by Darren Callahan, photos by Emily GranataWould you trade places with Tom Jones? On paper, he seems to lead a charmed life. But look a little closer. “The common answer might be ‘yes,’ but I wouldn’t trade places with him,” says actor Marcus Davis. Davis plays the title character in Polarity Ensemble Theatre’s 2012 stage production of Tom Jones. “Tom may have women throwing themselves at him, but every time he gets involved with one, someone seems to be looking to stab him or beat him to a pulp.”
Despite that, the treatment Davis has had in the press has been anything but cruel. In a three-star review, the Chicago Tribune said: “Davis’ choirboy features make for a wholly believable Tom.” The Chicago Reader raved: “Marcus Davis and Alex Fisher are fresh-faced and likable.” In a four-star review, Chicago Stage Style said: “Marcus Davis embodies the more-sinned-against-than-sinning Jones (reminding me of the naively sexy Hugh Grant at his best).” Read reviews.
So how does one uniquely portray a rake, a roustabout, a Man About Town – particularly one known to centuries of readers via Henry Fielding’s classic novel (adapted for Polarity by playwright David Hammond)?
Davis has learned that when someone watches a play, they register what happens as though it were real life. Having the audience come along for the ride, with sympathy for Mr. Jones and all his travails is at the forefront of Davis’ and director Maggie Speer’s minds.
“Every character I do is also an opportunity to learn about myself. The thing that I’ve loved about working on Tom is discovering his pure altruism. His brother treats him like a second class citizen, and still Tom’s sympathies for him are genuine and remain so until the end of the story. There’s so much cynicism in the world today; I enjoy the relief of creating a world where the few who are honest win out in the end.”
But, really – Tom is a bit of a bastard, isn’t he?Davis may not agree, but he gets to the heart of it when he acknowledges his fellow actors. “First, I’d be remiss not to give a nod to the women who have to put up me and throw themselves at me. They’ve all been good sports. Second, all the people that have fights with me in the show have been fantastic. Stage combat is a big thing for me, and it’s especially when you’re working with good partners, which everyone has been.”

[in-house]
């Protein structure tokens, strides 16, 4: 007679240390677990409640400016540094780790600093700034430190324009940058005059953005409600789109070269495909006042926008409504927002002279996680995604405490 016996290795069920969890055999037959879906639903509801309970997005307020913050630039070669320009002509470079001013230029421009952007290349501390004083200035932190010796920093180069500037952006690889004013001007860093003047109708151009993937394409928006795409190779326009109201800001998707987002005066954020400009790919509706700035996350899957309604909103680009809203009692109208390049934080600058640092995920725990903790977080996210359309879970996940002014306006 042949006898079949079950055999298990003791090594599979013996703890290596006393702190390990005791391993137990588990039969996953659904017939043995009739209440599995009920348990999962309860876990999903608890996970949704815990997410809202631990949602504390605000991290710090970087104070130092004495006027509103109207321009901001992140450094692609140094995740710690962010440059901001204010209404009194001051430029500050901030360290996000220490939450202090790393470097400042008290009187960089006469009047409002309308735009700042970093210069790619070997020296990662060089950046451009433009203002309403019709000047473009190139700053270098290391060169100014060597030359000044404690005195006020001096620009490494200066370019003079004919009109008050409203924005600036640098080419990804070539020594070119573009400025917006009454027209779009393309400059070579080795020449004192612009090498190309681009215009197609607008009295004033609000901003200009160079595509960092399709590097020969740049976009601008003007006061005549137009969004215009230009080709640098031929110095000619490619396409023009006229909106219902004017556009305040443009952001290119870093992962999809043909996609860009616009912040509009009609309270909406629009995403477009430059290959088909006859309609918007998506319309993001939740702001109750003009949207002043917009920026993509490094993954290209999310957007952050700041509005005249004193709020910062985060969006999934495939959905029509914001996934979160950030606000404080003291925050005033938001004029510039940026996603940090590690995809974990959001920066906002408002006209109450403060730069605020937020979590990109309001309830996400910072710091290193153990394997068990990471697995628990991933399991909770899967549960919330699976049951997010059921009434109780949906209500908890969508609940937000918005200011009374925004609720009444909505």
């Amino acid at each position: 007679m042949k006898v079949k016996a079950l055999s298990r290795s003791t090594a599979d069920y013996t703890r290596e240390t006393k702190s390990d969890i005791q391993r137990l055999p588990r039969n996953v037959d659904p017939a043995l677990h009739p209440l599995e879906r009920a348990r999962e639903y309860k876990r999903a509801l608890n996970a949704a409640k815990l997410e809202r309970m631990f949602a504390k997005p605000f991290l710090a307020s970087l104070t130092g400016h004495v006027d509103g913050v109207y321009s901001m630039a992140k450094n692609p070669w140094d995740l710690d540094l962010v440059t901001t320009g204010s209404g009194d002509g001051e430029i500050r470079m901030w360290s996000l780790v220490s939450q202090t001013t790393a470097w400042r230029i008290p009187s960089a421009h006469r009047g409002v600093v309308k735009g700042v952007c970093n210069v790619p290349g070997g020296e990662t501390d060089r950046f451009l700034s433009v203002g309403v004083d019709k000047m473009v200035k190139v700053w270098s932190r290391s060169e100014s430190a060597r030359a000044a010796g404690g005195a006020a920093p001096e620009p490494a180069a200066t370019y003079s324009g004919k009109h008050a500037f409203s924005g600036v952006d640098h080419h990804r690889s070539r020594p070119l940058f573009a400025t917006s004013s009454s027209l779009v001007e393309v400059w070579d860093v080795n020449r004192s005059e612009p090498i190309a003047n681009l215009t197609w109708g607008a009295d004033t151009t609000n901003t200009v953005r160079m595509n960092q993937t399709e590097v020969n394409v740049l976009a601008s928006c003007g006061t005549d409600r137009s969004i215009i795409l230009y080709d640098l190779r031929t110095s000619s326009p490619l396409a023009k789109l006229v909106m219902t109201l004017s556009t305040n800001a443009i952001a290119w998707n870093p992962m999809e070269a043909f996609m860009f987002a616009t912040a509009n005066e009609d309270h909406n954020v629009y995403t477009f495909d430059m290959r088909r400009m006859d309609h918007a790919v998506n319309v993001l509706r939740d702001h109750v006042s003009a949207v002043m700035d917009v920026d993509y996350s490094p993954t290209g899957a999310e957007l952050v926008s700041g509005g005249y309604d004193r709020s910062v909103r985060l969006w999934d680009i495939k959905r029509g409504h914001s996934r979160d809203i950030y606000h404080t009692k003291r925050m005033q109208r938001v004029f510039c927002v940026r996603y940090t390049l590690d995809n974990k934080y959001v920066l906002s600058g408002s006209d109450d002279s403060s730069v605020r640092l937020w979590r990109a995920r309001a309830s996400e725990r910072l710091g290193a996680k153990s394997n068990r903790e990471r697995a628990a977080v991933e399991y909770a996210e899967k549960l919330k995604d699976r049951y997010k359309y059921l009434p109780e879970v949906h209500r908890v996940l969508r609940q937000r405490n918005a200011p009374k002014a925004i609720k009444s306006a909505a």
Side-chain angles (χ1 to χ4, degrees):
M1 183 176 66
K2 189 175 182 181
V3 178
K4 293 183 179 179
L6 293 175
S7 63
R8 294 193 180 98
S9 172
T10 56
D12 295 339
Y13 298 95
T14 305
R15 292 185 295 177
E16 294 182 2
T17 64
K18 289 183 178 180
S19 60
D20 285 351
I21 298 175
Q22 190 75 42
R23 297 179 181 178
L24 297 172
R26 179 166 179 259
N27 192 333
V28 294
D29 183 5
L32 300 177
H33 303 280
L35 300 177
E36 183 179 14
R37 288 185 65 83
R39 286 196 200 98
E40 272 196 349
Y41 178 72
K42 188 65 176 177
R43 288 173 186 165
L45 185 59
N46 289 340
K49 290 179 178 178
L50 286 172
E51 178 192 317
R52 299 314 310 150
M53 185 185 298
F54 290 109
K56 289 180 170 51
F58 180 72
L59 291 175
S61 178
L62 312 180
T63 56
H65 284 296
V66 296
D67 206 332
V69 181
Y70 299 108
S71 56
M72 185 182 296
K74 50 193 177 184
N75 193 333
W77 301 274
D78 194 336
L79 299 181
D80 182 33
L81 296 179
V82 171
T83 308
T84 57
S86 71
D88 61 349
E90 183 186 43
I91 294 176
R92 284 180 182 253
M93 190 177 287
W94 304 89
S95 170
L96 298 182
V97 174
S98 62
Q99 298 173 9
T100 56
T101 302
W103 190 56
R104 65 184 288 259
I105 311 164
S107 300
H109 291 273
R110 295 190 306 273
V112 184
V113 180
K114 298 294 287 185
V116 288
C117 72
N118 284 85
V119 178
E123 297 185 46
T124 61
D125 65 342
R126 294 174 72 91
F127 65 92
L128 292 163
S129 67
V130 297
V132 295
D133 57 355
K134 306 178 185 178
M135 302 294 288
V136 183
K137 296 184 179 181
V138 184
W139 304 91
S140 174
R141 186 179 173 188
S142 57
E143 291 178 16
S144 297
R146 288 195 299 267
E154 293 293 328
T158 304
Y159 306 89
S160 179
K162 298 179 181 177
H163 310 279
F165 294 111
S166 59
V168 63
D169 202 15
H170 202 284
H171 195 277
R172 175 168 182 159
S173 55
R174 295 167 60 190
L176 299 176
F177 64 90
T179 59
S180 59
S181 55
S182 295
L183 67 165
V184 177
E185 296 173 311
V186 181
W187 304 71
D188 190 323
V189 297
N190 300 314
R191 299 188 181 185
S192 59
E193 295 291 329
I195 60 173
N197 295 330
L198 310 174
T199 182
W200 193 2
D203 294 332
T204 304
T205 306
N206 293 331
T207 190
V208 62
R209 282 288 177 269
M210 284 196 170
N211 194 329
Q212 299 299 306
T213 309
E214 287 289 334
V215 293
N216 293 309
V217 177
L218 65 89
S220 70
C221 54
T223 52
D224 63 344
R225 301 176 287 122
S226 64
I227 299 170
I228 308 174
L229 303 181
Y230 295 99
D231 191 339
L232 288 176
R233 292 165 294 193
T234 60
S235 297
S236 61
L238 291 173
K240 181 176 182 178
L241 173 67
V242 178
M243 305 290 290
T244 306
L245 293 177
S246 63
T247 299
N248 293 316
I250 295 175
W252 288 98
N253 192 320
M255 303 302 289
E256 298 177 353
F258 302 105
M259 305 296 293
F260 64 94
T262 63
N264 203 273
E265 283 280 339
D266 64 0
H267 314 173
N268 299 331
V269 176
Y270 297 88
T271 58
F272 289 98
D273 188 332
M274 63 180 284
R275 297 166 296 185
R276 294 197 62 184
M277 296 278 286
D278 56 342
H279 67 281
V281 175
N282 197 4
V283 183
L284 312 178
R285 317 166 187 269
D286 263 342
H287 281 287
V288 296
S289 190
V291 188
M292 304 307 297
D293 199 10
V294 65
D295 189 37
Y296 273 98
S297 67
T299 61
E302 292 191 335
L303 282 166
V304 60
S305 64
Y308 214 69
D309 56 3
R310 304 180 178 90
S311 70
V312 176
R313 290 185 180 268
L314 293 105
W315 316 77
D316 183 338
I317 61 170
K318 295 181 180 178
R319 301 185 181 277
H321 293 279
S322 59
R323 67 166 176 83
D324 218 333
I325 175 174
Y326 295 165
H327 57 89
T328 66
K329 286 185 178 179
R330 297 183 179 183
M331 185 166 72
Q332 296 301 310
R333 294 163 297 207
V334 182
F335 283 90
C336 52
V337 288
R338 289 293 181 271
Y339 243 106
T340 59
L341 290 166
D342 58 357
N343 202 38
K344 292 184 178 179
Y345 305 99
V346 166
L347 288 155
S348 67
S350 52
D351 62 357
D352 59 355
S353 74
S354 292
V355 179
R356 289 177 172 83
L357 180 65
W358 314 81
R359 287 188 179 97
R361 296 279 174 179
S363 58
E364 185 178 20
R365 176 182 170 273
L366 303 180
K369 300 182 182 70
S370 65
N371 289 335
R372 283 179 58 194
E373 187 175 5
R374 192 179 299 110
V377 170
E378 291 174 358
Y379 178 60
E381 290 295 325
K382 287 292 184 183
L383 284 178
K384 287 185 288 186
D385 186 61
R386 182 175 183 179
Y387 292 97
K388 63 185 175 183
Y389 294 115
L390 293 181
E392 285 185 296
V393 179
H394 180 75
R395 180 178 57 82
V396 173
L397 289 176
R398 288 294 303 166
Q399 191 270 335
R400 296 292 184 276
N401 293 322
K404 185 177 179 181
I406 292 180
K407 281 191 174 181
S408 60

Speaking of ACTION! SEX! DRAMA!…
For a detailed and involving show, with a large cast and ambitious staging, it’s important to keep one’s energy up. “I think everyone underestimates how much energy they have,” says Davis. “Any runner can tell you that they stop feeling tired at a certain point. Not to say my task is as grueling as a marathon, but shutting off the brain and letting the body just do what it knows how to do is the same in both activities. Besides, an audience is a more potent source of energy than any caffeine or B vitamin I’ve had.”Tom Jones provides Davis a strong vehicle to flex his comic and dramatic muscle, but when asked about any concern of comparisons with past Tom Joneses, particularly the iconic film performance by Albert Finney in the 1963 Tony Richardson version, he replies, “To make a truthful character, actors have to be truthful to themselves. That actually takes care of most of the job when it comes to setting their interpretation apart. I have a unique experience that I bring to the table. If I’m true to myself, then the very things that set me apart as a person will hopefully also be the very thing that makes my performance unique.”
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Tom Jones performs at 1500 N. Bell Street in Wicker Park through April 29. Tickets are $19. Senior discount tickets (age 65 and older) are $15, and student discount tickets are $10 with valid ID. Showtimes are Fridays and Saturdays at 8pm, and Sundays at 3pm. Seating is general admission. Click here to purchase tickets online or call the box office at 800-838-3006.